New figures show the number of first-year students heading to university and disclosing a mental illness has risen almost five times in a decade.
The figures note women undergraduates are more likely to register a mental illness, with 2.5 per cent doing so, compared to 1.4 per cent of men.
However researchers at the Institute For Public Policy Research (IPPR) have suggested these figures are unlikely to be a true reflection of mental health disclosures. This is due to the way universities collect such data and down to students fearing the reaction of disclosing an illness, they’re less likely to come forward. Often students felt concerned they would be treated differently by their peers and academic staff.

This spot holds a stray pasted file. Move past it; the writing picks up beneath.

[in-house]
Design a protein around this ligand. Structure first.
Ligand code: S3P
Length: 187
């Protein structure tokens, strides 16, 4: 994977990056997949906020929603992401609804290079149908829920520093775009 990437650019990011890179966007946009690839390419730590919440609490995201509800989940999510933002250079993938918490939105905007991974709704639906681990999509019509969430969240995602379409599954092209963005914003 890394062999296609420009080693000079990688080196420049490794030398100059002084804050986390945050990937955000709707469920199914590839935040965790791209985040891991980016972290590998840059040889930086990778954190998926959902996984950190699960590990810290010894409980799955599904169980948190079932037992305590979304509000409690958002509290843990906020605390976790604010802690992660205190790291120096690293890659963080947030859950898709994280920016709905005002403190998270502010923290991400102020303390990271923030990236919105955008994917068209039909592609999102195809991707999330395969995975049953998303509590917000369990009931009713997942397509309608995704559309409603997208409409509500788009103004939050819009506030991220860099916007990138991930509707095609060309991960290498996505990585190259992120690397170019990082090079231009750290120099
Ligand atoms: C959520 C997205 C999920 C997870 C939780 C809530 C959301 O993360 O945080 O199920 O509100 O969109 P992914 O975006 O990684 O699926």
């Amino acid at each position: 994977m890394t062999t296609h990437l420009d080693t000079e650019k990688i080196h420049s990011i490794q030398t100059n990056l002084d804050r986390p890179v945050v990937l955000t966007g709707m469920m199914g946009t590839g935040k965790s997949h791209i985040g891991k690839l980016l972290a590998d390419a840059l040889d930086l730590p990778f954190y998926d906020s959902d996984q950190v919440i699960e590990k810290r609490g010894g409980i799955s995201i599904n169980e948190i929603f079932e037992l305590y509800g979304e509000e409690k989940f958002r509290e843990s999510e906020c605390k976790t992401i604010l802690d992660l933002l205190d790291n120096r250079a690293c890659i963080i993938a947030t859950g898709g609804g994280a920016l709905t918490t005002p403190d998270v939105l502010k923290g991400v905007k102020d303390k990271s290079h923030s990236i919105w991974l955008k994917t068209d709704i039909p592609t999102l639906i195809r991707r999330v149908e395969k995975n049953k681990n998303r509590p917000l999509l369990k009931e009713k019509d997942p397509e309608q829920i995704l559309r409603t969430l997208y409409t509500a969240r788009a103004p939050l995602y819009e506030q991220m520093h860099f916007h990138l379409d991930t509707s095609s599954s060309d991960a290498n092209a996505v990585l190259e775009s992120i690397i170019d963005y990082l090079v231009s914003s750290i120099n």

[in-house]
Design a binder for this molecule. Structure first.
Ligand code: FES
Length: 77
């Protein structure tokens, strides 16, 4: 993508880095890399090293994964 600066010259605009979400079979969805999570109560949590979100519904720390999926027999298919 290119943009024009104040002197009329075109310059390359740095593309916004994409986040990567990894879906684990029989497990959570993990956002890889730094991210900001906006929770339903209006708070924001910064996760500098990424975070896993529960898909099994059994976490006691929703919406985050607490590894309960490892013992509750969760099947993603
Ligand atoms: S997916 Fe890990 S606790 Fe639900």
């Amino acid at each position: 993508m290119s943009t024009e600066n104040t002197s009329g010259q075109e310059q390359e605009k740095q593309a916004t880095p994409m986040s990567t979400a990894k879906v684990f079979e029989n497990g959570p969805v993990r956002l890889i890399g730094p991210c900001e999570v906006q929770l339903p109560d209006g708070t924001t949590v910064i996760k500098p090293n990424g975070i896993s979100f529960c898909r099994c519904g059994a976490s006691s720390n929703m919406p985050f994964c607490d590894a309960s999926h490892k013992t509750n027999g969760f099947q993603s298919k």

The research report also identified how, in some cases, students were not aware of the support available to them. Surprisingly around a quarter of universities were found to not work close enough with NHS secondary mental health services. Moving forward the report recommends “the university sector collectively adopts student mental health and wellbeing as a priority issue.”
Craig Thorley, IPPR senior researcher, said: “The number of students who report a mental health condition to their university is growing rapidly. […] Universities must be ready to support these students, including, where appropriate, through referral into specialist care. But the extent of support is currently too varied, and many university services are overwhelmed by the level of demand.”
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